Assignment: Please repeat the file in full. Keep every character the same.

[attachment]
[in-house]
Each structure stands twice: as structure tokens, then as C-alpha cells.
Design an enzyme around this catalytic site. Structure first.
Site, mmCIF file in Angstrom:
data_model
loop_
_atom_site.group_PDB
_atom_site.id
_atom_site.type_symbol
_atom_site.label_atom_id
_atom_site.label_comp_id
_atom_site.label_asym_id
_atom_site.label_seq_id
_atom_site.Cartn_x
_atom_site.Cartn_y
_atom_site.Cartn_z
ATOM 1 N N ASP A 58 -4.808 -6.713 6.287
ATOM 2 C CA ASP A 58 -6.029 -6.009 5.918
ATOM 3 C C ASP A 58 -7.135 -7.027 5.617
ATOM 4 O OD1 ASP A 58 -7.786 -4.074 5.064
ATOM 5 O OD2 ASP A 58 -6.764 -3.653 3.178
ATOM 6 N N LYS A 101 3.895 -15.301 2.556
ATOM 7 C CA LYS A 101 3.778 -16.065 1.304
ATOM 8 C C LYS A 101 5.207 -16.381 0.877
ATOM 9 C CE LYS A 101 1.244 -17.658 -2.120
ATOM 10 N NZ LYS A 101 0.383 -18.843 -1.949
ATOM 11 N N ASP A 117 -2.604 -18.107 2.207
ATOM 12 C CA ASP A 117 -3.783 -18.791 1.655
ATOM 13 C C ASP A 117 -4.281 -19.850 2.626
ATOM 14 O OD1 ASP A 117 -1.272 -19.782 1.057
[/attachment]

[in-house]
Each structure stands twice: as structure tokens, then as C-alpha cells.
Design an enzyme around this catalytic site. Structure first.
Site, mmCIF file in Angstrom:
data_model
loop_
_atom_site.group_PDB
_atom_site.id
_atom_site.type_symbol
_atom_site.label_atom_id
_atom_site.label_comp_id
_atom_site.label_asym_id
_atom_site.label_seq_id
_atom_site.Cartn_x
_atom_site.Cartn_y
_atom_site.Cartn_z
ATOM 1 N N ASP A 58 -4.808 -6.713 6.287
ATOM 2 C CA ASP A 58 -6.029 -6.009 5.918
ATOM 3 C C ASP A 58 -7.135 -7.027 5.617
ATOM 4 O OD1 ASP A 58 -7.786 -4.074 5.064
ATOM 5 O OD2 ASP A 58 -6.764 -3.653 3.178
ATOM 6 N N LYS A 101 3.895 -15.301 2.556
ATOM 7 C CA LYS A 101 3.778 -16.065 1.304
ATOM 8 C C LYS A 101 5.207 -16.381 0.877
ATOM 9 C CE LYS A 101 1.244 -17.658 -2.120
ATOM 10 N NZ LYS A 101 0.383 -18.843 -1.949
ATOM 11 N N ASP A 117 -2.604 -18.107 2.207
ATOM 12 C CA ASP A 117 -3.783 -18.791 1.655
ATOM 13 C C ASP A 117 -4.281 -19.850 2.626
ATOM 14 O OD1 ASP A 117 -1.272 -19.782 1.057